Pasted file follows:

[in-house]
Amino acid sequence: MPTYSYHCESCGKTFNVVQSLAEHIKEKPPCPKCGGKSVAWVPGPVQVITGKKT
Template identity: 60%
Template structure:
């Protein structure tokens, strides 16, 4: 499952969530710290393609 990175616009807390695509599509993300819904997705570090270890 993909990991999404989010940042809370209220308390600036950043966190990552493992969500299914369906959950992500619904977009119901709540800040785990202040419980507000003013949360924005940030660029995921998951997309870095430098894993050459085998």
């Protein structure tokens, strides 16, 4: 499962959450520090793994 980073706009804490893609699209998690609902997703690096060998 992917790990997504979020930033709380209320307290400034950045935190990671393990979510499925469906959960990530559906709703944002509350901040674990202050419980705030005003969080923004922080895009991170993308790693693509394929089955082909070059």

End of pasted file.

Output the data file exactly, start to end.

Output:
[in-house]
Amino acid sequence: MPTYSYHCESCGKTFNVVQSLAEHIKEKPPCPKCGGKSVAWVPGPVQVITGKKT
Template identity: 60%
Template structure:
């Protein structure tokens, strides 16, 4: 499952969530710290393609 990175616009807390695509599509993300819904997705570090270890 993909990991999404989010940042809370209220308390600036950043966190990552493992969500299914369906959950992500619904977009119901709540800040785990202040419980507000003013949360924005940030660029995921998951997309870095430098894993050459085998």
């Protein structure tokens, strides 16, 4: 499962959450520090793994 980073706009804490893609699209998690609902997703690096060998 992917790990997504979020930033709380209320307290400034950045935190990671393990979510499925469906959960990530559906709703944002509350901040674990202050419980705030005003969080923004922080895009991170993308790693693509394929089955082909070059």